Chaos in Japan, Cognitive Dissonance in America

“And Lord, we are especially thankful for nuclear power – the cleanest, safest energy source there is. Except for solar, which is just a pipe dream”.        —Homer Simpson

Earthquake. Tsunami. Radiation. Japan was certainly struck with its share of disasters this month. And as a result, the U.S. was struck by a huge wave of hot air. Not produced by nature or technology, but by the media, as the pro-nuke punditocracy raced to assure us that things like this don’t really happen, and even if they do there’s no sense in getting alarmed because there’s no way radiation would harm the Japanese people (since that’s never happened before), and even if it does it couldn’t happen here, so we should forget the dangers and go full speed ahead with nuclear plants, just because, and if you question that then you must be tree-hugging  librul moonbeam jockey or something.

I heard people point out that the only ones who were questioning the advisability of nuclear power at this time were the ones who’ve always done so. To which one can only respond: “Well. duh.”  But it was the others, the ones who believe that expediency and profit trump all else, who have been dominating the “debate” in the media. (For the kind of informed, intelligent debate on nuclear energy that you probably won’t see on TV, go to TED Talks.)

To some, it seems distasteful that the topic should come up at all. There is a pervasive attitude about radiation hazard that is somewhat like the Victorian mindset about sex: everybody knows it exists but acknowledging it is deemed an impropriety. I heard an RRR (Rabidly Right-wing Relative), apparently reciting a Fox talking point, say, “Well look, we have hundreds of people killed by the earthquake and the tsunami, but some people are obsessed with radiation, which hasn’t killed anybody.”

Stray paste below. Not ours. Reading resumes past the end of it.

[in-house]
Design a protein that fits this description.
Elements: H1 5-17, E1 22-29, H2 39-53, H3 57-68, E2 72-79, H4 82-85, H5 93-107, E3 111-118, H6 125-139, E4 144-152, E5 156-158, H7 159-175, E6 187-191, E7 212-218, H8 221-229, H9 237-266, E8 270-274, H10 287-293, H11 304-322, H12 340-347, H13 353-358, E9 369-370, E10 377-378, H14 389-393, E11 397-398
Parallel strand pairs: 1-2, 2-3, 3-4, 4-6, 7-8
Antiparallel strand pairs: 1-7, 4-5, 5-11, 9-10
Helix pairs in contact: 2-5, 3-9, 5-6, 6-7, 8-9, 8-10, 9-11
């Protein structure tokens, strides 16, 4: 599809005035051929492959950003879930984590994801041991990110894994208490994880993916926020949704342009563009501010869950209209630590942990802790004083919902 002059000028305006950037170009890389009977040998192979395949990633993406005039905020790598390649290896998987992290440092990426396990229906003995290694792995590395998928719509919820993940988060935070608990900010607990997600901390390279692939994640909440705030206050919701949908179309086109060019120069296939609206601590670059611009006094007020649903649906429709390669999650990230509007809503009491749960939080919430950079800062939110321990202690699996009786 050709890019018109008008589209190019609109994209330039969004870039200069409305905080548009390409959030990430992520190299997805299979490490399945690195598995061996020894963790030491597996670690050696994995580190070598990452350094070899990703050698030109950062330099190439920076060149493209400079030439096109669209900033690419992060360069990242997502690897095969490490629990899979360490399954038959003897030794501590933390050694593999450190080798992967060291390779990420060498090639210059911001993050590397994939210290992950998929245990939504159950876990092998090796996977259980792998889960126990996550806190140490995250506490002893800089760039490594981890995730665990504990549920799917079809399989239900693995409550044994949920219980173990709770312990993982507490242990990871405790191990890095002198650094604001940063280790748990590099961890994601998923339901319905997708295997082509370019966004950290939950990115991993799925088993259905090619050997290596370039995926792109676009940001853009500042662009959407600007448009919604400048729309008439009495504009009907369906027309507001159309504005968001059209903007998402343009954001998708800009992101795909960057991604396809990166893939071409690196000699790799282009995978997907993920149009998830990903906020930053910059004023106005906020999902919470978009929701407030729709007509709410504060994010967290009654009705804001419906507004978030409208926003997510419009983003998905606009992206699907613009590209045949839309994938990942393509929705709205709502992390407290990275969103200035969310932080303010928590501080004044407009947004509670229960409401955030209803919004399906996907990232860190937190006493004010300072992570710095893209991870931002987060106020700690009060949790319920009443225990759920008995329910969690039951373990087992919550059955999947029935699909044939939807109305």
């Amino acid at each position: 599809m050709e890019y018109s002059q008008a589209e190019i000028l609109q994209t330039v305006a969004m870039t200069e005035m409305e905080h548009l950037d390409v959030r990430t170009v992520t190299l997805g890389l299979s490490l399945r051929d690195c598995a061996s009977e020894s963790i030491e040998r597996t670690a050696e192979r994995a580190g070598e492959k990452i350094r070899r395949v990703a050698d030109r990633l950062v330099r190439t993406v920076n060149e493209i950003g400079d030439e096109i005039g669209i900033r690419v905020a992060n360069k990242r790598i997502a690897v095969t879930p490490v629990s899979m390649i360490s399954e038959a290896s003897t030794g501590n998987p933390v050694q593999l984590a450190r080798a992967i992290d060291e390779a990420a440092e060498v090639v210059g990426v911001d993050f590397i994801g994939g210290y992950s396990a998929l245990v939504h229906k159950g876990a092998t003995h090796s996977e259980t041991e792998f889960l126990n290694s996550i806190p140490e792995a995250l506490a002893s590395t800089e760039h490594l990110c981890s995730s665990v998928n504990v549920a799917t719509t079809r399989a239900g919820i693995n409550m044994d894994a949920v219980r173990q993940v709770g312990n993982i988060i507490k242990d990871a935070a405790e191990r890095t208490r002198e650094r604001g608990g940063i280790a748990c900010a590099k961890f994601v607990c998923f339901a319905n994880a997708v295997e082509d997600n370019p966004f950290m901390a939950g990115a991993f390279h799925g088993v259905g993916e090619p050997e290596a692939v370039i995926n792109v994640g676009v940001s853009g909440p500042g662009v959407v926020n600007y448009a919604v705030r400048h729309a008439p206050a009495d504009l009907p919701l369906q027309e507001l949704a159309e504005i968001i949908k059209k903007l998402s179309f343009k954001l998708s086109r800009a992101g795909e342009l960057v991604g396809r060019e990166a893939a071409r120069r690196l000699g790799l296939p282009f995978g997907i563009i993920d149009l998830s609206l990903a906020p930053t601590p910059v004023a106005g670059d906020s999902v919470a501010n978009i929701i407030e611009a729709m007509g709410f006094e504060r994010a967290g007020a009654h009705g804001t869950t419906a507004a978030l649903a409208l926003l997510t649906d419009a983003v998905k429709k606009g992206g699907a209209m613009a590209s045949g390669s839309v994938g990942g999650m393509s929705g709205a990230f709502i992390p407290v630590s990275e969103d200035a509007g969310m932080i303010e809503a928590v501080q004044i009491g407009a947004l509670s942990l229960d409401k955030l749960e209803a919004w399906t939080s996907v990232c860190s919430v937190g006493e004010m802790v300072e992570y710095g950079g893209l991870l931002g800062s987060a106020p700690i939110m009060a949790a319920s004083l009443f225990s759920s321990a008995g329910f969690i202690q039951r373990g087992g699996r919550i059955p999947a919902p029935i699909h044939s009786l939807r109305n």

Even though I was all too aware that the opinions of RRR’s are infallible even when they’re secondhand, I felt compelled to point out a couple of key differences here.

First, earthquakes and tsunamis are more or less instantaneous; and in this case they’re already past tense and we’re just dealing with the aftermath. Radiation, on the other hand, may not makes its effects known for years, even decades. (Care to ask the Japanese about this?) To say that the radiation hasn’t killed anyone is to make an extremely premature call.

Second, nobody knows how to prevent an earthquake or tsunami. Nuclear disasters, on the other hand, are one hundred percent preventable.

The question of whether they should be prevented with certainty (by eliminating nuclear power)- in other words, the question of how the risks stack up against the benefits, is open to debate. But the very existence of risk itself is not. Everybody knows it’s real. Well, everybody except this person maybe. Even the interviewer, fellow Fox funhouse fanatic Bill O’Reilly, is taken aback by this one.

With the exception, however, of this one sad individual who clearly is making yet another desperate attempt to draw attention to herself, we all  are more or less aware of the danger. We just prefer to look the other way. Because that’s what the punditocracy says we should do.

And in that regard, it’s very hard to come up with a more apt quote than this, from former Secretary of the Treasury Paul O’Neill: “If you set aside Three Mile Island and Chernobyl, the safety record of nuclear is really very good.”


Other than that, Mrs. Lincoln, how did you like the play?


  1. Another thing about nuclear is that the costs of transporting materials used to build nuclear power plants, and paying numerous employees to build them, leaves a very big “human footprint” that ultimately leads to bickering over where radioactive wastes cab be :stored? So,to keep us from becoming foolish enough to try and develop nuclear energy before embracing wind and solar first, those of us who are in the know,(DO know) that there are far too many unknowns to answer before we can truly embrace using nuclear energy as a solution to our energy problems.

Leave a Reply

Fill in your details below or click an icon to log in: Logo

You are commenting using your account. Log Out /  Change )

Twitter picture

You are commenting using your Twitter account. Log Out /  Change )

Facebook photo

You are commenting using your Facebook account. Log Out /  Change )

Connecting to %s